April 21st – Why being an Age-Group athlete is kind of like being a superhero…

Long before the sun is rising in the sky, while children lay tucked up in bed, couples snuggle in close, as the vegas strip begins to dwindle into submission, the age-group athlete awakens to an early morning alarm calling her into action. Scantily clad in lycra she begins her routine by initiating a workout, fine tuning her body to churn out intervals, increasing power output and V02max. She sweats, aches, and digs deep into the hurt locker, hungry for change, hungry to make a difference and to become the ultimate machine. With the workout coming to an end, she smiles, satisfied with the effort and work applied, but then begins her transformation back to her mere mortal self. A shower, change of clothes, breakfast and a coffee and she heads out into the world; the 9 to 5 grind, her ‘normal’ life. She enters work and begins her ‘normal’ day, unbeknown to her colleagues the secret hurt locker session she experienced just a couple hours prior. To the world, during the day, she is a healthcare professional. Once her day is by with and she is finished with the niceties of her day-to-day employment, she heads once again back to that hurt locker to suffer in silence, pushing, grinding, hurting, trying, believing…thats it…believing. And so it goes, a ‘double-life’; from the 9-5 routine to scantily clad exercise in an entirely different sort of uniform. Each day she puts in the work with no immediate reward or return on effort. Each day pounding away in the hope that one day she will be needed. But superheroes don’t wait around hoping to be needed, they ARE needed; they are needed to instil hope, faith and belief in others that they too can change, better themselves or achieve seemingly impossible goals.  And what better way to enforce this than race day.

Along the course she digs deep into her inner superhero to find the strength, mental power and focus and determination to guide her through the course. Donning her team kit, she resembles not the day to day mere mortal, but an athlete. Acknowledging volunteers for their efforts, she hopes to show them how much they are valued and instills self-worth and gratification. Taking in the crowds of spectators, giving a knowing nod of appreciation for their cheers, she knows that that simple human gesture acts as a reminder that she is still human and that they could do what she is doing. She hopes to empower and motivate with her work. On the way back to her car still dressed in her ‘superhero’ attire, a new athlete congratulates her, however she will not pursue a conversation of self-appraisal but instead shows her admiration and interest into this new athlete, providing encouragement for future events and to continue this lifestyle of healthiness and happiness.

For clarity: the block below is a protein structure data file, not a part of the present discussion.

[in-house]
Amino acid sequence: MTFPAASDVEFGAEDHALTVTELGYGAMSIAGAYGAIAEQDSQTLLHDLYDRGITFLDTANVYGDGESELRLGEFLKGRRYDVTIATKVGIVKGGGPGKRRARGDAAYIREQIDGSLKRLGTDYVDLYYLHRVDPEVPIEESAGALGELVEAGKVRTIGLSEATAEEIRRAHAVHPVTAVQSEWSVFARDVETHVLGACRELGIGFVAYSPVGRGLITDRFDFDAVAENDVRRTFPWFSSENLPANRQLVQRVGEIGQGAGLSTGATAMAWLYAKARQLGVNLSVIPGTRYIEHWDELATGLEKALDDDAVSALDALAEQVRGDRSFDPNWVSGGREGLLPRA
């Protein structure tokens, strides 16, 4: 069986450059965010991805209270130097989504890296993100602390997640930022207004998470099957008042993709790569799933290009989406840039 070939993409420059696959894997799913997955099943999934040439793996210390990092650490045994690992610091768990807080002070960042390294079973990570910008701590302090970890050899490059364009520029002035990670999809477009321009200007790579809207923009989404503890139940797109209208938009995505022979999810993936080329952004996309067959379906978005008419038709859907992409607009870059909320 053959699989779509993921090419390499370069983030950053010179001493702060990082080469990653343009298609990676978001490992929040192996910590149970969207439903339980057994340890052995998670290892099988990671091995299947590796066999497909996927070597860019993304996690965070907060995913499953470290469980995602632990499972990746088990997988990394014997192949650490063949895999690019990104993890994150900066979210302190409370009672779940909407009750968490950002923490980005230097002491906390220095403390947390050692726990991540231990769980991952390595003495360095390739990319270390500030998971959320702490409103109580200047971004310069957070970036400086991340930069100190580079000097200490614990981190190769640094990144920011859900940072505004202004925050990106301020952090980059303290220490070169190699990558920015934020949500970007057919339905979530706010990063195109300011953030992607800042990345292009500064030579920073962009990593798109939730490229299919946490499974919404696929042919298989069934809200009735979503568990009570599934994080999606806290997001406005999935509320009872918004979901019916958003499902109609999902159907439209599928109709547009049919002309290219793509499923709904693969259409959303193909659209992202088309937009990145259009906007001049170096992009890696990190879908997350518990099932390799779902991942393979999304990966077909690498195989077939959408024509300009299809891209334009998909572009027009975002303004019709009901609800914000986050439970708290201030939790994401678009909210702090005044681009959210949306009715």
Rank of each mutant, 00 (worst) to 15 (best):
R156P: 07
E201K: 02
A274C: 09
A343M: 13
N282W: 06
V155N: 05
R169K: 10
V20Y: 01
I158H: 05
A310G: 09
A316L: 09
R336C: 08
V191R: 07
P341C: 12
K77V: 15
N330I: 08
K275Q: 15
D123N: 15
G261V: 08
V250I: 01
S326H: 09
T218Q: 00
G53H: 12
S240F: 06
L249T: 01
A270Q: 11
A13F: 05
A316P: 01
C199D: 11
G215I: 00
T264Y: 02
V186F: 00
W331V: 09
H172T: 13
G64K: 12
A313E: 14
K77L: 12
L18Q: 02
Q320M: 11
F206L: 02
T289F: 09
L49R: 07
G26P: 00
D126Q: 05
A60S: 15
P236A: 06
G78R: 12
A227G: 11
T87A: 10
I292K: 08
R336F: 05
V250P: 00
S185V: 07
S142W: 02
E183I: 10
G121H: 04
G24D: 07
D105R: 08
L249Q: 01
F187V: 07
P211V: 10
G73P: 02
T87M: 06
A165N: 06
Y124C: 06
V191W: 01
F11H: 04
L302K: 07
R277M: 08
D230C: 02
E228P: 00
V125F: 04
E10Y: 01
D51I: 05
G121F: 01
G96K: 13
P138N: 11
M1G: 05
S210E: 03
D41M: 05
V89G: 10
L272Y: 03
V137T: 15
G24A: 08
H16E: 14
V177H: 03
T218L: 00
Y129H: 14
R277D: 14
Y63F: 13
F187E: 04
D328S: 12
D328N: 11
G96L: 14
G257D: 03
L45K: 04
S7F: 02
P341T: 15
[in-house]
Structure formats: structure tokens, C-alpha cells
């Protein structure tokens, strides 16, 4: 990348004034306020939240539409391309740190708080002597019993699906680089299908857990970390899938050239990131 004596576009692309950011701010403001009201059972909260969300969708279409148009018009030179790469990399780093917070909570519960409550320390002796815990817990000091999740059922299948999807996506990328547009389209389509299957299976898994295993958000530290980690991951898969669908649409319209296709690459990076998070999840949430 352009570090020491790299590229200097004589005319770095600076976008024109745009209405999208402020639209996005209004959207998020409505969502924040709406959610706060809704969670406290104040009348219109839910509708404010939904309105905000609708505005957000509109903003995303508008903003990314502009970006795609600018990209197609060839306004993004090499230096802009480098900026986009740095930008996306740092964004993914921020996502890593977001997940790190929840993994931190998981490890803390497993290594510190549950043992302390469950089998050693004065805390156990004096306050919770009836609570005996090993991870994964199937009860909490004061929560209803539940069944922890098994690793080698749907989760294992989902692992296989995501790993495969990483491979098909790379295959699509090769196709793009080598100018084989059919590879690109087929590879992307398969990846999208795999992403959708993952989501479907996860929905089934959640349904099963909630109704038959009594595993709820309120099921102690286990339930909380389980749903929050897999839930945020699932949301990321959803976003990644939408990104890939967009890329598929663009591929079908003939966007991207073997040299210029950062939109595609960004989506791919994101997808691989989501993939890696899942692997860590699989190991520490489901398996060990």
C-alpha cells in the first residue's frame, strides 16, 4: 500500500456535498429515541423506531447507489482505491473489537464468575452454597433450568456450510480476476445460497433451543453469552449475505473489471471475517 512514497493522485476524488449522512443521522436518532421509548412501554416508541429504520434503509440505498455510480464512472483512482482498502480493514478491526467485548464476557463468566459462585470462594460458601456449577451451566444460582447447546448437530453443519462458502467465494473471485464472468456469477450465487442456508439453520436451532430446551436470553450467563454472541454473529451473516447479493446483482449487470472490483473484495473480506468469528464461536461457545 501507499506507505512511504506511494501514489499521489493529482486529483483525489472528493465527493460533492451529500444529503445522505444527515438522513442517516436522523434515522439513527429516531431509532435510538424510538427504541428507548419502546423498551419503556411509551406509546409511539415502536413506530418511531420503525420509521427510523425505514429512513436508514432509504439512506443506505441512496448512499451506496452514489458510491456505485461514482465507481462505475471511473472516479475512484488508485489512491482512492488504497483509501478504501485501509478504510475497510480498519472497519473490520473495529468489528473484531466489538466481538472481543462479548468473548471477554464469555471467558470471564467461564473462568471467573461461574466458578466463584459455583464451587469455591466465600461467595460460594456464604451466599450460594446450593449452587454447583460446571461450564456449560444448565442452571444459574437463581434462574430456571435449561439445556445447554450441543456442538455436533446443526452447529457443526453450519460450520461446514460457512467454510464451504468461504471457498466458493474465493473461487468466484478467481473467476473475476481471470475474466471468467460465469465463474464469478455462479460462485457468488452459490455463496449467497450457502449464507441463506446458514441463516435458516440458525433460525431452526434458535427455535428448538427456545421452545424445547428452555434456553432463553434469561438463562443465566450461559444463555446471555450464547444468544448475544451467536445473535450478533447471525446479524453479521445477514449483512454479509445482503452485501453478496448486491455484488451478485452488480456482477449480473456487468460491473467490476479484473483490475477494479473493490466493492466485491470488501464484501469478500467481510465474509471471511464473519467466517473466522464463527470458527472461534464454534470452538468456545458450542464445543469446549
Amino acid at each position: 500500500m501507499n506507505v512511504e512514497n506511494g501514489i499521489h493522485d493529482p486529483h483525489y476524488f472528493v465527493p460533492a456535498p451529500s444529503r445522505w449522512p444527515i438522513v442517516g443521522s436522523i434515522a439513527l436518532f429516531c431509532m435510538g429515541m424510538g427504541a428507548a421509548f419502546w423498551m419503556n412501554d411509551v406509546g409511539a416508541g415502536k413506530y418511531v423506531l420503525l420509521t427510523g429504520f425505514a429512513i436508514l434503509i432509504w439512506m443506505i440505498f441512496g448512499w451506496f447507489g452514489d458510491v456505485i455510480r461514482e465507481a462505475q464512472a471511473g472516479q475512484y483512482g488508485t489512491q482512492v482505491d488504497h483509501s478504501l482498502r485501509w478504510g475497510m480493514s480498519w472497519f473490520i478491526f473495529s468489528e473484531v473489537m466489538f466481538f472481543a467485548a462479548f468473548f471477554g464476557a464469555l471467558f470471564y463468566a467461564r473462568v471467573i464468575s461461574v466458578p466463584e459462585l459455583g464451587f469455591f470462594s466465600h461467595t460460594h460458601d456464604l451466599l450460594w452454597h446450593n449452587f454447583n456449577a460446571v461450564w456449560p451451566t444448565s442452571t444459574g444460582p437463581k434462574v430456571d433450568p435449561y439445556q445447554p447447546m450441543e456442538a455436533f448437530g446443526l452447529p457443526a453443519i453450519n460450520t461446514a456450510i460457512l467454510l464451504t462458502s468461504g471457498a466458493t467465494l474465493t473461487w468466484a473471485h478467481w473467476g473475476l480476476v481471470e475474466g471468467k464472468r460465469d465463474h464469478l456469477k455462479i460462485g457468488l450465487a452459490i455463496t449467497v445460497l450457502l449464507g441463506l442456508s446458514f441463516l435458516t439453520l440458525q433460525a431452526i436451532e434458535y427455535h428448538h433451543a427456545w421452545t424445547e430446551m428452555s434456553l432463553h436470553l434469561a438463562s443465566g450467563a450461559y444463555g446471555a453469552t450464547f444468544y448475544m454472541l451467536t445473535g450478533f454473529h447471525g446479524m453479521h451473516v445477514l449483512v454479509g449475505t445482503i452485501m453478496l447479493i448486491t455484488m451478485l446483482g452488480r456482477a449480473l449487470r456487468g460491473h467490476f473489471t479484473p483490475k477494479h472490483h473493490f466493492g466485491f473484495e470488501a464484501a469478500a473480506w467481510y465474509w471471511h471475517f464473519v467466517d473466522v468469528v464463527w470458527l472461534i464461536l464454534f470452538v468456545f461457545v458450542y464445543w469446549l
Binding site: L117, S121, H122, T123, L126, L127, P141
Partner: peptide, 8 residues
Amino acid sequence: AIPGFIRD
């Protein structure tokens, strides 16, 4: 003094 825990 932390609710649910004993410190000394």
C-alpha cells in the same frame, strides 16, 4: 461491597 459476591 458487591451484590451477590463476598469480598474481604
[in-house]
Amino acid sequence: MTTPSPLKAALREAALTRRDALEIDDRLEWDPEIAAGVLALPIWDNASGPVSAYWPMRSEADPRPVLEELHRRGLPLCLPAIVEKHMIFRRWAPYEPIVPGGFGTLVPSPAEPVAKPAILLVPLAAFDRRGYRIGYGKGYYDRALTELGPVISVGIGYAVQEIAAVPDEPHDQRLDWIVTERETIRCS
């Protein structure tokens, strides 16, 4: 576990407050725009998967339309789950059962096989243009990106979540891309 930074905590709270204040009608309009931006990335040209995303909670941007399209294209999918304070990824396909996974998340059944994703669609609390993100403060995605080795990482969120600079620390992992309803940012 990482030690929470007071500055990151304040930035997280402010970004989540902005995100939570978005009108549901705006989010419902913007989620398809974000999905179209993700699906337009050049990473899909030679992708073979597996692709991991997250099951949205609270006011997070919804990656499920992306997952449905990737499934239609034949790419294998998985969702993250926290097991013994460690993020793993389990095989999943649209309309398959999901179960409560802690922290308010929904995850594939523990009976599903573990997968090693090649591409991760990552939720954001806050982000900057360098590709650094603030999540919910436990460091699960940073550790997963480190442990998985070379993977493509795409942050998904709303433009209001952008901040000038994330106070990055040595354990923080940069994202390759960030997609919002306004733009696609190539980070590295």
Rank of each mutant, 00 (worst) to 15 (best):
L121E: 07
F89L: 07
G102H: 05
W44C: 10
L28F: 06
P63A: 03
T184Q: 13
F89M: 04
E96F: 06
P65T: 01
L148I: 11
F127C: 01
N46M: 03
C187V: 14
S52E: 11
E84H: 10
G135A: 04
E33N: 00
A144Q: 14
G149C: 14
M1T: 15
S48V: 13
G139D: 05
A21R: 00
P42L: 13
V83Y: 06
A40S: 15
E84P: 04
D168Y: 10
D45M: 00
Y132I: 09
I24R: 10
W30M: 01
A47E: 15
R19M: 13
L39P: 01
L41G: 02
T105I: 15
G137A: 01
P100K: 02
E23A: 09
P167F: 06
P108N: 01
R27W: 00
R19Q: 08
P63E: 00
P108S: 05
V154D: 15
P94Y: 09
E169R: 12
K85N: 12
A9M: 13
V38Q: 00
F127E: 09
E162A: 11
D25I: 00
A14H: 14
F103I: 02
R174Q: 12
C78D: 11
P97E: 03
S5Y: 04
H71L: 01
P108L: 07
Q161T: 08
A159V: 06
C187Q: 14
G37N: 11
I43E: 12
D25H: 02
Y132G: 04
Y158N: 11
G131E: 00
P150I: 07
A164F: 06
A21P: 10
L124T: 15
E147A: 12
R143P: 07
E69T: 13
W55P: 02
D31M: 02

It may all sound ridiculous, but sometimes we age-group athletes need to take a little more comfort in knowing about our ‘superhero’ status. We live and train these double lives, often with family, friend or work commitments that professional athletes may not have to deal with. Undeterred by these challenges we show that with determination, hard work can overcome adversity, belief can self-efficate our own abilities and push us farther than we ever dreamed of, and a little motivation can move mountains….well maybe not literally…

So this blog goes out to all my fellow age-groupers, some of which aspire to and may become professional, others content with the challenging ‘superhero’ lifestyle, either way, this is for you. You know who you are; you are special, motivating, hard working, influential, empowering, dedicated…you are superhuman.

Swim, Bike, Run. Believe.

5 comments

  1. Mama Watt

    I read this in my ‘superhero’ Deeside Thistle kit before cycling early a.m. , before my day job! It encouraged me to continue this crazy notion I will complete my first half ironman this year! You are an inspiration to many and your writing hits the spot every time. Well done! Xx

  2. dadcanfixit

    Great analogy, Lisa, I love it! That might explain my experience last night, as I experienced my VO2 max while powering up a hill on my bike past one of the many fields containing Ewes and their young lambs. In my normal life, as a mild mannered trombone player with hearing that is less than perfect due to playing for too many years in bands with amps turned up to 11 that are only supposed to go as high as 10, suddenly above my own heavy breathing…I heard something. A cry. Something in distress. Surely this acute hearing must be down to the lycra I was donning, albeit two releases old, as I haven’t yet taken delivery of this year’s new club kit. As I looked in the direction of the cry for help, I could see a lamb painfully tangled in a temporary nylon fence at the edge of its field. I stopped my training momentarily and leapt into the field over the stone dyke, and barbed wire, and untangled the bleating lamb and reunited it with it’s distressed mother who stood helpless and in awe, only a few yards away. Job done. Now… what gear was I in? Dxx

  3. pandahill

    I do all of those things without the smallest hope of being an age-group athlete! I’ll always be a mediocre swimmer/runner/triathlete, but I’ll never stop training 🙂 Great piece.

Leave a Reply

Fill in your details below or click an icon to log in:

WordPress.com Logo

You are commenting using your WordPress.com account. Log Out / Change )

Twitter picture

You are commenting using your Twitter account. Log Out / Change )

Facebook photo

You are commenting using your Facebook account. Log Out / Change )

Google+ photo

You are commenting using your Google+ account. Log Out / Change )

Connecting to %s